“It’s good to see incomes rising,” says CTU Economist Bill Rosenberg, commenting on the income statistics released by Statistics New Zealand this morning, “but a big part of it is from people working harder and longer. We can see the pressures in household debt at record levels, driven by skyrocketing house prices.”
“Statistics New Zealand say that in the last year average weekly hours worked increased 0.8 hours or 2.2 percent to 37.0 hours a week. Even people working full-time are working longer hours: they worked on average 0.5 hours or 1.1 percent longer, bringing the average to 42.6 hours a week. More people are working full time rather than part time.”
“Another indicator of the pressure on families to work longer hours is that more couples with dependent children are both working. Statistics released in August showed that between June 2012 and June 2016 among couples looking after dependent children, the proportion where both were working rose from 62 percent to 70 percent, easily the highest proportion since 1999, after a period when the proportion had been stable.”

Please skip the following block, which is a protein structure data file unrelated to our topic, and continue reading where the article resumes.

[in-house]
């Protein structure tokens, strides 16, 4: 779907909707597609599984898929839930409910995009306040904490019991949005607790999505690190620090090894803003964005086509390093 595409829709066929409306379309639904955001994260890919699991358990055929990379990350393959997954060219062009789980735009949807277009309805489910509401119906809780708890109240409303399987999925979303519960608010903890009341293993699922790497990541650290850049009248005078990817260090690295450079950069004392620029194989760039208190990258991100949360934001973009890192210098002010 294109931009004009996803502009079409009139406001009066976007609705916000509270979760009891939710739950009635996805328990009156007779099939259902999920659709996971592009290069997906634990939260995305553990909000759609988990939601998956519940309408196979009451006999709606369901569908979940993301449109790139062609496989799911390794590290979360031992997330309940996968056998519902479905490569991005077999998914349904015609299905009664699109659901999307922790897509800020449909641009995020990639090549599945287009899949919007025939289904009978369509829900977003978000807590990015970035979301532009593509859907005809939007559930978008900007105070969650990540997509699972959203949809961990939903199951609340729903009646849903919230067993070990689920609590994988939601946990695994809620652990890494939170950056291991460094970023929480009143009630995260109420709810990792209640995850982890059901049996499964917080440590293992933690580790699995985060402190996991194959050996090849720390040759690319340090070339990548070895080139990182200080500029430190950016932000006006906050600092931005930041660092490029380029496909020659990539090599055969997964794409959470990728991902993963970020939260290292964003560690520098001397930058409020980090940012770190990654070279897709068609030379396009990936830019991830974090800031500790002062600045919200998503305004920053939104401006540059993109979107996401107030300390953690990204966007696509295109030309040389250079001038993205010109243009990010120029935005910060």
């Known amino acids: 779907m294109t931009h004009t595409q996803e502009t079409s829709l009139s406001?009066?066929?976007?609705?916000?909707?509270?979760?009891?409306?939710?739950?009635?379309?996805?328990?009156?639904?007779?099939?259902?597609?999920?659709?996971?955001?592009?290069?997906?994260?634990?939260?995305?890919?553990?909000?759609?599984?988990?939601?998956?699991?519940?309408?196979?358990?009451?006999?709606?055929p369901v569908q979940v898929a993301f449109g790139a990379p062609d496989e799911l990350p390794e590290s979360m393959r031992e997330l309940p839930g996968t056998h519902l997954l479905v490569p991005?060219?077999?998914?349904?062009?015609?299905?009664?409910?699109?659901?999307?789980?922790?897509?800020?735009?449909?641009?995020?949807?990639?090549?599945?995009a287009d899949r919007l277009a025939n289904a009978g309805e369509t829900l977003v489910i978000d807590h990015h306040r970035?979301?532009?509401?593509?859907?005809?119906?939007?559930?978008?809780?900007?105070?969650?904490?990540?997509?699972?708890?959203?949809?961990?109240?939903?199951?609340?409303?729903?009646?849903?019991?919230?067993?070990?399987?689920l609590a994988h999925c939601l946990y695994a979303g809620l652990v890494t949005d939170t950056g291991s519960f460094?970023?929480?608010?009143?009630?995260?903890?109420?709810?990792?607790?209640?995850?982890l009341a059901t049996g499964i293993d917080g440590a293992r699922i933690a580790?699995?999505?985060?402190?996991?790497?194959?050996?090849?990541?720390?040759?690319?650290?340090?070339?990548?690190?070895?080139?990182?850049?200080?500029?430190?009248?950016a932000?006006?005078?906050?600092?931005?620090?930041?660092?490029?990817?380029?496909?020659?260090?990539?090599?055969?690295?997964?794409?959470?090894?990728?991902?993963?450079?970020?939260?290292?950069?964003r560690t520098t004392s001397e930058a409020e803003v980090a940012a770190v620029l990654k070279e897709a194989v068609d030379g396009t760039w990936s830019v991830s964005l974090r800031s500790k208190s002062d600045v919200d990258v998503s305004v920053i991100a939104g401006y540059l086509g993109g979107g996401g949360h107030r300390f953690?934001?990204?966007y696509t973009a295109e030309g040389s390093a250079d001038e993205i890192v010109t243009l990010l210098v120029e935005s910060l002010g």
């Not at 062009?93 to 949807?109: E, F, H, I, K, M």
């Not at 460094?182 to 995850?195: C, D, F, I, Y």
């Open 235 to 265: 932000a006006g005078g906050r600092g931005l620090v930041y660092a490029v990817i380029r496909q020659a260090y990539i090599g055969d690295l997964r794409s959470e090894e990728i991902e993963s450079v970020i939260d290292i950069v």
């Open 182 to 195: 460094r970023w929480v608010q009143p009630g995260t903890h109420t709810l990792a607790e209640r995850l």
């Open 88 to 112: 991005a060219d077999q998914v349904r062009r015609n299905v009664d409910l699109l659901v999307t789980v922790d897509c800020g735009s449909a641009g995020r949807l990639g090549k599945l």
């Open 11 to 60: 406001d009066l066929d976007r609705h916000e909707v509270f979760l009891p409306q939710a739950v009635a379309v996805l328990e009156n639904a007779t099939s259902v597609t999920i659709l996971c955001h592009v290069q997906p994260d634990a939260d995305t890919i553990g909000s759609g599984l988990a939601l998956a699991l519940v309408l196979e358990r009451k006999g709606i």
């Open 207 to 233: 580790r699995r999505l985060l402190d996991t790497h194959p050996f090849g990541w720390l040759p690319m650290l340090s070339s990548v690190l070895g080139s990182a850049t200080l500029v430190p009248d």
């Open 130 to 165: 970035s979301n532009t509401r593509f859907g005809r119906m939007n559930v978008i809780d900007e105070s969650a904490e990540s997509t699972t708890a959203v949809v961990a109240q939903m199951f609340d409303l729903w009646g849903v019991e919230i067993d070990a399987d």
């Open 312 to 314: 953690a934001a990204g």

“In economic terms working harder rather than getting better pay reflects weak productivity growth – the amount we produce for each hour worked is barely increasing and may even be falling. Too many employers are locked into business models that rely on low wages rather than on investing to enable each hour worked produce more and pay higher wages. We need a rebalanced economy that focuses on higher value production, and pay systems that make sure the people doing the work get a fair reward,” Rosenberg says.